When, ten minutes into my shift at the flower shop I find myself succumbing to exhaustion and dizziness, leaning further and further over the utility sink at dire risk of collapsing into a pile of half-washed buckets, I try to be understanding of my inability to handle the most basic of tasks. I offer myself gentle words of encouragement and support. It’s okay that you can’t stand of your own volition–standing can be tricky! Today let’s settle for inconspicuous leaning, make it look like you haven’t surrendered the will to remain upright. Really sell it with the eyes–mimicking the wide-eyed, maniacal stare of a Tarsier is a great way to feign liveliness while expending minimal energy. You look totally sane, I promise!
In this state of rawness and fragility, it’s especially imperative that I be mindful of my interactions with others. When my boss sees fit to correct the method by which I’ve chosen to stack and carry cardboard boxes, I remind myself not to take this as a personal affront to my intelligence. And though her way is, in fact, wrong and would result in an inability to carry more than one stack of boxes at a time (compared to the six I’m managing, which, even with the two boxes I’ve fumbled, is still far more efficient, thank you very much), I don’t point this out to her. Instead, I commend myself for the abundance of maturity it takes to refrain from rubbing her flawed logic in that smug face of hers. (I now forfeit my gold star for maturity as a result of the previous sentence.)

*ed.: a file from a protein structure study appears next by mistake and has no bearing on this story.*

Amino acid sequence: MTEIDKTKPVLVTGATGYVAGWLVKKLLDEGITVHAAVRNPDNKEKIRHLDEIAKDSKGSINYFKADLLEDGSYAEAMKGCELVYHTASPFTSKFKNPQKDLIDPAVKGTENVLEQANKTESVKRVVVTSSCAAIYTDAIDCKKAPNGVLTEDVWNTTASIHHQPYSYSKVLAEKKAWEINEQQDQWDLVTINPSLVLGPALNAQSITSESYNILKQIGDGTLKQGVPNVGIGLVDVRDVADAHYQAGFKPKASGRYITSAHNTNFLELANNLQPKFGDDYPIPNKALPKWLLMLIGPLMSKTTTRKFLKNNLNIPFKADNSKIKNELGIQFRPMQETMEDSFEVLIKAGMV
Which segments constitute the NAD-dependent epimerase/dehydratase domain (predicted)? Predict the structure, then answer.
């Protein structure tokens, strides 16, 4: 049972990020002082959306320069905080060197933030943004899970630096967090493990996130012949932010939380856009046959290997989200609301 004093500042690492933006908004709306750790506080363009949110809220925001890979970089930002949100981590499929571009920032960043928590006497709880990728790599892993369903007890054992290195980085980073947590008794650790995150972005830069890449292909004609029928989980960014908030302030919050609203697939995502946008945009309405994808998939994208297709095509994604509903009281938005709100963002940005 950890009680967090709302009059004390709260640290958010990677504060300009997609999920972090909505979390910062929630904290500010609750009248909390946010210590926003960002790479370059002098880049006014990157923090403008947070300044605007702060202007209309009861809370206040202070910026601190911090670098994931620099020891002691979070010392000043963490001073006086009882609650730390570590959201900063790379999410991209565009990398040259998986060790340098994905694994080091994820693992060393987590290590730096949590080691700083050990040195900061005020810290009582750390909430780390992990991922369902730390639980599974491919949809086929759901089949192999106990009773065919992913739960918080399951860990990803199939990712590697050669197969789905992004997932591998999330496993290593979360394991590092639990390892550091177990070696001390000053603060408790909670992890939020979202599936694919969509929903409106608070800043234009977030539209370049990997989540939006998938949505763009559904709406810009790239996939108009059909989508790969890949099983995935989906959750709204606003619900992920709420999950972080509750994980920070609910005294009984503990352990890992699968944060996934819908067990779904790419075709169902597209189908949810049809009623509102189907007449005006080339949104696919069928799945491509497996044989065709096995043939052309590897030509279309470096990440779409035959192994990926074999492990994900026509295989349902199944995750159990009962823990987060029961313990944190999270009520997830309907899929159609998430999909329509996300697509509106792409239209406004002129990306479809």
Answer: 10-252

And when my shift finally ends, though I fear I must be losing brain cells at a rate inverse to the number of cardboard boxes I’ve made (so, nearing a thousand, then), I remind myself that the mere ability to show up to work each day, and furthermore to engage in these menial tasks with a pride and positivity of spirit previously unthinkable, is not something to take for granted because before ketamine, managing a steady job (let alone with a smile on my face) wasn’t exactly in my repertoire. This reminder to be grateful ought to be tattooed across my body Memento-style for how easy it is to forget and how essential it is to one’s course of living.